South Africa's attempt to put pressure back on spinners backfired - du Plessis

South Africa let the opposition tailenders score too many runs, their own batsmen were too defensive against spin in the first innings and too aggressive in the second, and reverse swing did not play as big a role in the Test as they had expected. These were the gleanings of captain Faf du Plessis, after South Africa crashed to a 278-run loss in Galle inside three days.

As if the margin of victory was not bad enough, South Africa's totals were their two lowest in Sri Lanka. What's more, their 73 all out in the second innings was their worst since readmission. Several batsmen were out playing aggressively, which du Plessis put down to a muddled approach; having been spun out playing defensively in the first innings, South Africa wanted to get on top of the spinners early in the second, but got even worse results with that approach.

"It's just a case of our batters somehow trying to put pressure back on the quality of spin bowling that Sri Lanka have," du Plessis said. "There's two ways of looking at it. You could sit it out and try and bat for as long as possible, but you also need to put pressure on the opposition. There were one or two more expansive shots than we would normally play, but the thinking behind the batting was to try and put some pressure back on the bowling, because they don't give you anything. That's the quality the spinners have over here. If you sit there the whole day you're also not going to score runs. There's an element of what is a medium risk, compared to a high-risk shot, especially on the wickets that we're playing on, with the ball stopping a little bit more than we're used to. It is lessons that we can learn. But we weren't good enough in this game, and Sri Lanka showed us why they were better."

Sri Lanka had got their wickets in clumps right through this Test, with South Africa losing their first five wickets for 48 in the first innings, and 32 in the second. Du Plessis wished his batsmen had emulated Dimuth Karunaratne, who had been solid at one end, even while wickets were falling at the other, as he scored 158 not out and 60 - the only batsman to make a half-century in the Test.

"If you keep losing wickets, it is tough coming in - I think that's the biggest difference when you play in the subcontinent," he said. "When you do lose a wicket, that next five overs become tricky - you need to make sure you get through that. Karunaratne was there the whole time for them in the first innings. He scored more than half the runs of their total. So he was fantastic this game. As bad as we were in our batting, he was very, very good."

That South Africa have lost as badly as this is all the more incredible for their having more-or-less controlled the game for much of day one. South Africa had reduced Sri Lanka to 176 for 8 just after tea on Thursday, with Kagiso Rabada in particular proving effective with the short ball. But then Karunaratne struck up productive partnerships with the Nos. 10 and 11 batsmen, and Sri Lanka's total grew by a further 111, completely changing the outlook of the game.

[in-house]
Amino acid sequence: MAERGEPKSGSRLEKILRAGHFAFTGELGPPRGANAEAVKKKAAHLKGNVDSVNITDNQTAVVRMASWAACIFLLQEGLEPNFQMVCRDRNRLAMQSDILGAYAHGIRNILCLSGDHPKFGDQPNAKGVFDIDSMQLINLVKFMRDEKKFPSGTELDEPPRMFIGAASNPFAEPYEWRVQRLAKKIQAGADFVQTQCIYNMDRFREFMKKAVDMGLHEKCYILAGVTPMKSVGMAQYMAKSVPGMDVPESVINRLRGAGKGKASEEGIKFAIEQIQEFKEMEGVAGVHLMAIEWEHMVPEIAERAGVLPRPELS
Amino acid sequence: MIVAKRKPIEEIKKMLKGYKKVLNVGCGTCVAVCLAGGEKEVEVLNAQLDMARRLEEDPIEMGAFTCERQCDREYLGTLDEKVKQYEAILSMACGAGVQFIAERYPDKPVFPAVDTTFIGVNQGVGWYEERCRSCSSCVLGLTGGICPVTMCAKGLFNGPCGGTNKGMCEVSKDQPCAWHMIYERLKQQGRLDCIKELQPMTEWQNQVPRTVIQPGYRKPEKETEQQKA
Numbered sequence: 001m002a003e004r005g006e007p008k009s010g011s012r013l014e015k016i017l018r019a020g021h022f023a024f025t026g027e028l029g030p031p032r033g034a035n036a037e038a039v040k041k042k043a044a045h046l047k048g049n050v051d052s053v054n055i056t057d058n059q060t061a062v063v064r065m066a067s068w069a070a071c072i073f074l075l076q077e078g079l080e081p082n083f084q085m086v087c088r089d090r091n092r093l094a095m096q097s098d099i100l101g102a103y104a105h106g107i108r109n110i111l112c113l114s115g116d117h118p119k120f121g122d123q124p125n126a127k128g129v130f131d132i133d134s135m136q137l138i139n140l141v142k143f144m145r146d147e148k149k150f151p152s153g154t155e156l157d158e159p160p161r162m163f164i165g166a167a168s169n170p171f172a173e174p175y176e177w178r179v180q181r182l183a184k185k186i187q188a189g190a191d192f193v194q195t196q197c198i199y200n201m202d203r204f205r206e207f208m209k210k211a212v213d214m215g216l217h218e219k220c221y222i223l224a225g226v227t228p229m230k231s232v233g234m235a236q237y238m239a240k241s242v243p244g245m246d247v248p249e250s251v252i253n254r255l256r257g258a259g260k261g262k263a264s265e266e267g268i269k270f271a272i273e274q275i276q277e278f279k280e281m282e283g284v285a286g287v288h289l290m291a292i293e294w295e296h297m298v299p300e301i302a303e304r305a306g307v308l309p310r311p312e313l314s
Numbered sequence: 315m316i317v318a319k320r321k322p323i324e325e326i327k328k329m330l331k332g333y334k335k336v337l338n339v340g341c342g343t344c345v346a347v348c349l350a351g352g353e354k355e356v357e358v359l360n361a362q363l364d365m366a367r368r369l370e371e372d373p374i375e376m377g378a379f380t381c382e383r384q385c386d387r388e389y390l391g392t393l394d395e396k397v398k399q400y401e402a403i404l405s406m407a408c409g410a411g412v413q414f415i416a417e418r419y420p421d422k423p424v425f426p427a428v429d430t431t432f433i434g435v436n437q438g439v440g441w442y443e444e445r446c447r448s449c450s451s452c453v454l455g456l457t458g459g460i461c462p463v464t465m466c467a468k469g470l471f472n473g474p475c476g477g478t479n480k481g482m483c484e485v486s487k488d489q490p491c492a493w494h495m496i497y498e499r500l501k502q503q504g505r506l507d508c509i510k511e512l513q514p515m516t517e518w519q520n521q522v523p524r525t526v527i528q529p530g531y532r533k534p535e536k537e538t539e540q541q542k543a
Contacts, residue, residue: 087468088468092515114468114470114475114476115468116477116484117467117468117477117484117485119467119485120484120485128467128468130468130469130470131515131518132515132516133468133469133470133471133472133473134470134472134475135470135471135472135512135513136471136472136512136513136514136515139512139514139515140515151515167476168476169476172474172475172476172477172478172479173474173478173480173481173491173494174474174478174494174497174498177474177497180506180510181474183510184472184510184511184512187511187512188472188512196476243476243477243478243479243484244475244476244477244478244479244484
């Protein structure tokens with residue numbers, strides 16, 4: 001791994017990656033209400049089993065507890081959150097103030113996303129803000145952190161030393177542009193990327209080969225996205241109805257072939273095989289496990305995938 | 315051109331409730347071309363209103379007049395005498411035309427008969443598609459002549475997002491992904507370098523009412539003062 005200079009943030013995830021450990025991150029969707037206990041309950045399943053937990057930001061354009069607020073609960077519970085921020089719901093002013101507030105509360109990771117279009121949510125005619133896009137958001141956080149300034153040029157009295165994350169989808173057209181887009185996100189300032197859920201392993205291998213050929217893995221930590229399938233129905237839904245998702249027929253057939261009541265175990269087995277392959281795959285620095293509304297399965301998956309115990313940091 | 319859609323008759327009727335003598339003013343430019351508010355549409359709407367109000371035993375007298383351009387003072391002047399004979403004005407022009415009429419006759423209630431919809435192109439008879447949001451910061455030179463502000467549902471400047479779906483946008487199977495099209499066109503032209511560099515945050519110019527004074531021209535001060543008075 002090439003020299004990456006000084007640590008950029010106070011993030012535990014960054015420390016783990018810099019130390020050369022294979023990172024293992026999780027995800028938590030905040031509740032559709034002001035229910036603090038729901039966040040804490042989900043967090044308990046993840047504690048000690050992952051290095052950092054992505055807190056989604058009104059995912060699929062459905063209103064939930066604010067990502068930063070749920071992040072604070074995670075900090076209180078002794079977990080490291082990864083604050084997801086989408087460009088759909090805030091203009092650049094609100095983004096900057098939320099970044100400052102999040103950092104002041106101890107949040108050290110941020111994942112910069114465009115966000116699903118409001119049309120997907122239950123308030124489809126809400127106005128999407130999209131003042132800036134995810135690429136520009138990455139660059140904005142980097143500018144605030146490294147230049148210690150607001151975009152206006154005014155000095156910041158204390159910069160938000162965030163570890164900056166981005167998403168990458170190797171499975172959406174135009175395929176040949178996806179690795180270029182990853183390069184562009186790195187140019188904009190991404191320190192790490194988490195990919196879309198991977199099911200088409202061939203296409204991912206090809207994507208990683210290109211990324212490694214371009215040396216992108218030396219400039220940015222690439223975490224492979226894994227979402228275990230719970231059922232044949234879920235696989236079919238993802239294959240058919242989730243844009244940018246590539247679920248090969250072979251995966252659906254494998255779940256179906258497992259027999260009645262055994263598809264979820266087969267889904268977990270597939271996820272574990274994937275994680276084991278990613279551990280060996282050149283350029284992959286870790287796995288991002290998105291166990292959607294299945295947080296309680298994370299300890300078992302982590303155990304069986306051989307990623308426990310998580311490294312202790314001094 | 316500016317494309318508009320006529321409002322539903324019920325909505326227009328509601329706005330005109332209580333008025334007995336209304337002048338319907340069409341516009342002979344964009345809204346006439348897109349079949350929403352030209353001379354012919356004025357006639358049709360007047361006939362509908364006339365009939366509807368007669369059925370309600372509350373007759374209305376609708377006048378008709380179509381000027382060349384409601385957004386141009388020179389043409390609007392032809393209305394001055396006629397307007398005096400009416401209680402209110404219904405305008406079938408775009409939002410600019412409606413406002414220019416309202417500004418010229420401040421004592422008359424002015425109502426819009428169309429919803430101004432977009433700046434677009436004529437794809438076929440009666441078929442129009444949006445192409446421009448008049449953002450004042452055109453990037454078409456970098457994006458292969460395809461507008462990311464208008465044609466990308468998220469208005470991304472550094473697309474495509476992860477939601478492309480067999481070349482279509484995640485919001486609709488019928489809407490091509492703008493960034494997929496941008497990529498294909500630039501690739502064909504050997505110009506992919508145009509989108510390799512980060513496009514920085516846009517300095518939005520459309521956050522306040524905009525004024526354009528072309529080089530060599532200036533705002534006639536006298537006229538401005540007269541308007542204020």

"We had them 170 for 7, so there you should get the tail out quickly," du Plessis said. "If we had got them out for 200 to 220, the whole structure of the game would have changed. But we were very soft in that period. We let the tailenders pretty much boss the show."

One reason why South Africa failed to dislodge those batsmen may have been down to conditions. There had been a brief torrential downpour just prior to those partnerships and residual moisture from the outfield dampened the ball and hampered his bowlers, du Plessis said.

"Our fast bowling wasn't as effective because the ball wasn't reversing," du Plessis said. "Our deadly instinct when they had the tail in there wasn't there, and those extra 100-run partnerships towards the end happened. When it's spinning in conditions like these, we rely on reverse swing to be just as effective a weapon, because we have the pace. But because of the wet outfield reverse swing wasn't a factor, and therefore it eliminated the threat we didn't have in our pace. That was something we didn't plan for."

Having failed to make a match aggregate of 200, South Africa must also now consider beefing up their batting order for the second Test, at the SSC. They had fielded five specialist bowlers in this match, with Vernon Philander coming in at No. 7.

"If you play six batters on pitches that are not flat - whether it be green or spinning - it puts a lot of pressure on your top six to score the runs," du Plessis said. "Especially after a game now where we haven't scored the runs, that is something that us as a brains trust need to think about - what's the best way we can counter their strengths? We'll have those conversations."